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Behold, the magical Moka ☕ The Moka Pot Revolution: Must-know secrets for brewing amazing coffee

Making great coffee for a reasonable price in the comfort of your own home has never been so easy thanks to Alfonso Bialetti, the inventor of this tasteful device and Luigi De Ponti the designer. With elements of Futurism and Art Deco, the moka is a symbol and an icon of Italian coffee culture, simply using water pressurised by steam to brew a strong espresso-style coffee.

Understanding your moka will allow you to make great coffee with ease as well as care for it in a way that will last you a lifetime.

The art of perfecting moka pot coffee

The three major components that make this device up are:

  1. A lower chamber
  2. A metal filter tunnel
  3. An upper collection chamber with a removable filter

Your metal filters and rubber seals should be changed when you notice them degrading/clogging, replacement parts are available for this.

When you are going to brew your espresso-style coffee, the bottom chamber is filled with water and the metal filter is set into this bottom section and filled with coffee grounds. The final top chamber is then screwed on top. From here the magic begins, the pot is placed on the stove and when the water reaches boiling temperature, the steam creates a pressure that forces the water through the coffee sitting in your metal filter funnel. The coffee is then pulled through into the top chamber after it condenses. Once the bottom chamber is almost empty you’ll hear gurgling noises.

But how do you make the perfect cup?

Firstly you should focus on the right coffee grind, the roast is up to you. A medium-fine grind is a good starting point. Always remember a grind too fine can result in a bitter coffee and it can block up your Bialetti or Moka. The 4.5 setting on the Krups Burr Coffee Grinder works for us. If you are buying ready-ground coffee, the finer consistency coffee for stove top coffee making is ideal.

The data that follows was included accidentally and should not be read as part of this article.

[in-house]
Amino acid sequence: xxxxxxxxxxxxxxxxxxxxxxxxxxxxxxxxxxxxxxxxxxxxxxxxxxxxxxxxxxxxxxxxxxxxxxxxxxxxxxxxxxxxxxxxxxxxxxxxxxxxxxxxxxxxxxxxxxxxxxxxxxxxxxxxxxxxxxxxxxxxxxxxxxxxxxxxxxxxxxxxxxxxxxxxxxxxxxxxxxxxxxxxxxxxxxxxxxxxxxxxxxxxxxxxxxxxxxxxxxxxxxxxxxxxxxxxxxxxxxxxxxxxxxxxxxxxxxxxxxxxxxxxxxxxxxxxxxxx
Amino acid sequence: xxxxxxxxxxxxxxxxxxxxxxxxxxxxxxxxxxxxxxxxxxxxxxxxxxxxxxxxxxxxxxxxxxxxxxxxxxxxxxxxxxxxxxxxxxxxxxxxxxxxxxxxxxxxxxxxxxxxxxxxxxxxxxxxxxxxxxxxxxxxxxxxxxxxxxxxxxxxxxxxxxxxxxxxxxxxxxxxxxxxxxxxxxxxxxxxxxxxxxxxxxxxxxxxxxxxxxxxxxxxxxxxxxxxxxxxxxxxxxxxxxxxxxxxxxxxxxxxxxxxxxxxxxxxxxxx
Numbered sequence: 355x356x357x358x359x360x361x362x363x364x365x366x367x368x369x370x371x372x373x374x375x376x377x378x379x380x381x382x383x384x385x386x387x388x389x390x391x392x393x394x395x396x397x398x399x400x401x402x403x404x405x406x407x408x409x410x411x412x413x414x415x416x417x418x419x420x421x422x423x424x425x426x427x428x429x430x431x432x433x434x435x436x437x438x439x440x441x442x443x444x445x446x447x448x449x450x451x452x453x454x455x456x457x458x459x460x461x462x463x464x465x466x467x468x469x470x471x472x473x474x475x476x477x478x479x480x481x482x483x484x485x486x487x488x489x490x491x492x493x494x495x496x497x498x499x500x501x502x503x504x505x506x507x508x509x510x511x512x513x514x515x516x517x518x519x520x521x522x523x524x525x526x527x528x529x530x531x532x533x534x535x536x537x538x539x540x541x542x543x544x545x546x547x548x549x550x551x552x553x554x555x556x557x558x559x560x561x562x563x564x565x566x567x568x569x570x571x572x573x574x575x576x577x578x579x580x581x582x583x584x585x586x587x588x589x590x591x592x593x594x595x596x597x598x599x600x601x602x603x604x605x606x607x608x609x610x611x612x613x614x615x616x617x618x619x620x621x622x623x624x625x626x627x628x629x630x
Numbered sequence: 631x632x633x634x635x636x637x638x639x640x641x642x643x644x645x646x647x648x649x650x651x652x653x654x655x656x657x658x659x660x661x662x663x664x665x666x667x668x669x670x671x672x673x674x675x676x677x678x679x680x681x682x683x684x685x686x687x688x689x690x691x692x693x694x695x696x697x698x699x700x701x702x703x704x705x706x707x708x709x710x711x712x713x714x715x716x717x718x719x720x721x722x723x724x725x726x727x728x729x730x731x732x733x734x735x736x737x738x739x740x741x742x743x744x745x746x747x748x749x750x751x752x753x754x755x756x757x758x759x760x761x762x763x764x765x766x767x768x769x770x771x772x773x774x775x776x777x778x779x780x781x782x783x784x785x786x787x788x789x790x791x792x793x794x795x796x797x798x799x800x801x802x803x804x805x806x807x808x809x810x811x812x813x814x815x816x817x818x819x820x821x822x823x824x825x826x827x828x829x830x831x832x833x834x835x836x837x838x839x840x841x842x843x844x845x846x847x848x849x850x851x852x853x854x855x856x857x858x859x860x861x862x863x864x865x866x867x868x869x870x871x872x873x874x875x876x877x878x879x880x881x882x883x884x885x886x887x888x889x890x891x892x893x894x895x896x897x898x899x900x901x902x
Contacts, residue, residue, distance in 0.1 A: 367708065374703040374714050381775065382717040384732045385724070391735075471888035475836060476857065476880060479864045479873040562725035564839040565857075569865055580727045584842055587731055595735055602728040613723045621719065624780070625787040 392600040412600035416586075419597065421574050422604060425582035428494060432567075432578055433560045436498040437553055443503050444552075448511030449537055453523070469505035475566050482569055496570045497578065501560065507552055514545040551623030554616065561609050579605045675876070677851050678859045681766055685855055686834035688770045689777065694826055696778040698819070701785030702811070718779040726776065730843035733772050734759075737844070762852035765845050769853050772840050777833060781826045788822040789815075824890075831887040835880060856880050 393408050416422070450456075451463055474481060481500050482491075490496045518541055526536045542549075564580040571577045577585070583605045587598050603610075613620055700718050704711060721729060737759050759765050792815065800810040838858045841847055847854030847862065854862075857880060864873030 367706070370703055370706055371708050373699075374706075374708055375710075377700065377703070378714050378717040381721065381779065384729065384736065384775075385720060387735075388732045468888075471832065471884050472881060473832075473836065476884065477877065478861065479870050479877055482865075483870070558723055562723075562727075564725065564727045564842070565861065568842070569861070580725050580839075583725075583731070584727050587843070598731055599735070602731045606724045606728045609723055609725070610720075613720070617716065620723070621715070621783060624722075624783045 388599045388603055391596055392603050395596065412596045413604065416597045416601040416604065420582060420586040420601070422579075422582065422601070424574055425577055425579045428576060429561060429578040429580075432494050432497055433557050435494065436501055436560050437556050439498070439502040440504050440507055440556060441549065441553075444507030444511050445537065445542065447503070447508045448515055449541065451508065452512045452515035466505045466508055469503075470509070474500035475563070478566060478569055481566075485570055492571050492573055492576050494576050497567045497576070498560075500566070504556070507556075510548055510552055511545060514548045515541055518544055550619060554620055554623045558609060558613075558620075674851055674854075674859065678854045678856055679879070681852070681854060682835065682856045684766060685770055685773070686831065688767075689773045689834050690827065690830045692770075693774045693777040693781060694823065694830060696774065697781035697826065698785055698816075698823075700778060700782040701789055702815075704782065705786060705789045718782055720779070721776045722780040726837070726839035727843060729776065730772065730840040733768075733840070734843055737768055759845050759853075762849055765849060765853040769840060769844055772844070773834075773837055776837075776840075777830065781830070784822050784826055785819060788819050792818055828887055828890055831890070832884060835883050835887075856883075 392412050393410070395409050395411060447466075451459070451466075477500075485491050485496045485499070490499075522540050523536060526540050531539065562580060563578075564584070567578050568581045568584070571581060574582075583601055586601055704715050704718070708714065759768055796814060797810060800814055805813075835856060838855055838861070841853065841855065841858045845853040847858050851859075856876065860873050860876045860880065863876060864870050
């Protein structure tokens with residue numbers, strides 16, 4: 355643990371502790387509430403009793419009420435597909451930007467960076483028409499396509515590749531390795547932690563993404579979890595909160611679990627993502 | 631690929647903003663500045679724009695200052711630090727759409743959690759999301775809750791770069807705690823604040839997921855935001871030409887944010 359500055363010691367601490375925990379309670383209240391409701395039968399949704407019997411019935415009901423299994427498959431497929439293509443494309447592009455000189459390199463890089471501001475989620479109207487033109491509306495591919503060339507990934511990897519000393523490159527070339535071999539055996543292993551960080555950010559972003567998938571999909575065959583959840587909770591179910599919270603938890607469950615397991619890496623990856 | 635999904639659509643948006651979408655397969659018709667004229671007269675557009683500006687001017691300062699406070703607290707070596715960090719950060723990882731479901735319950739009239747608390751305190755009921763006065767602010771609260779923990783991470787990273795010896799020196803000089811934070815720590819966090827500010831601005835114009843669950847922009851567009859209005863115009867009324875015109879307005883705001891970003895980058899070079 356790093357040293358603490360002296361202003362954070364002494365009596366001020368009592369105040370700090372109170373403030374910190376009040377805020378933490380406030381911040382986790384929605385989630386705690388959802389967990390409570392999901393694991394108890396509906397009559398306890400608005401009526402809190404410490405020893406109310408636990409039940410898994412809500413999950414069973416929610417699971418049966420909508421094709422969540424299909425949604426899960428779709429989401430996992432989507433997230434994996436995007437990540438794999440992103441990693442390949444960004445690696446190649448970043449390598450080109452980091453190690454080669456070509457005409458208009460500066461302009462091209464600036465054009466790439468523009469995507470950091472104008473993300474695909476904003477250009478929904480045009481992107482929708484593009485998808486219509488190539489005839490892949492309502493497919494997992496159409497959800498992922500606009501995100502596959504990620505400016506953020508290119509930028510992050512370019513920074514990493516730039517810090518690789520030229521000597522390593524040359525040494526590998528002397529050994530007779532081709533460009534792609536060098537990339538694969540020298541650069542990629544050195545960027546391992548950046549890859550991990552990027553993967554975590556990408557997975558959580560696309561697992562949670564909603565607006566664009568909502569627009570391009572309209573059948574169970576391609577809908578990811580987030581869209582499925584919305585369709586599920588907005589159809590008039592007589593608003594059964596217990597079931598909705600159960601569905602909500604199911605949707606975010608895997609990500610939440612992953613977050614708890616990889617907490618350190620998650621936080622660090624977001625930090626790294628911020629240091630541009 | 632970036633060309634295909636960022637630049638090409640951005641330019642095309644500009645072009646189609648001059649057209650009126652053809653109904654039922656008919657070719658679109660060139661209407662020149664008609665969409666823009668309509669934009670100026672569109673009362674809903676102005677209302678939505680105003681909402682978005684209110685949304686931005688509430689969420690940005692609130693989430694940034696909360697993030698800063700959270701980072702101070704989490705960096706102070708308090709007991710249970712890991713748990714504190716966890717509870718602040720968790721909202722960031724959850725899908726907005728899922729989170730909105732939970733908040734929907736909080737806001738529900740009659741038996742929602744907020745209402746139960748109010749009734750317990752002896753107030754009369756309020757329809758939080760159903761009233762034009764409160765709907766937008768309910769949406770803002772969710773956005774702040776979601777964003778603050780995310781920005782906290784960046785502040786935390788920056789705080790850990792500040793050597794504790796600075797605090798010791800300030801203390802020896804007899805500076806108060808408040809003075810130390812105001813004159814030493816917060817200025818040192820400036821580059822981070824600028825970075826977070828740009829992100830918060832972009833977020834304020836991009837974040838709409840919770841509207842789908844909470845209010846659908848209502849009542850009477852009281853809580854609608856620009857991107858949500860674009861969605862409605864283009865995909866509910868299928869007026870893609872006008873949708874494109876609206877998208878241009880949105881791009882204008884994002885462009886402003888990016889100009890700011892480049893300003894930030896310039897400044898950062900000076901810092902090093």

Grinding coffee in a burr grinder for the moka pot

You can prepare the heat source to a medium temperature, too hot will result in coffee you do not want to drink. Always make sure that you don't let flames lick over the edges of your moka, the flame must stay under the lower chamber base.

From here, fill up the base/lower chamber with water which can be almost boiled which will help with a smoother extraction, always make sure that the water line is below the safety valve.

Filling moka pot base with hot water

Insert your funnel and loosely fill the space with your favourite coffee. You are almost ready to begin brewing but remember, never tamp the coffee down when making coffee with a moka, it affects the extraction. You can gently clean it up with a finger and then simply screw the top chamber firmly into place and you are ready to place it onto your heat source.

Filling basket with coffee grinds

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A pro tip: Use a glove or cloth when screwing or unscrewing to avoid burns.

Inserting basket with coffee grinds into moka pot base

Carefully watch the moka for the first spout of coffee, from here a thick golden syrup will pull through. Once it starts to look lighter take it off the stove — over-extraction will create a bitter and burnt coffee taste. It's recommended to handle the pot with care when removing it from the heat source. A useful technique is to place it on a slightly damp and cool cloth before pouring the coffee into your chosen cups.

Final result

With a little practice and experimentation, you'll be brewing the perfect moka in no time! Browse our range of moka pots on Yuppiechef.

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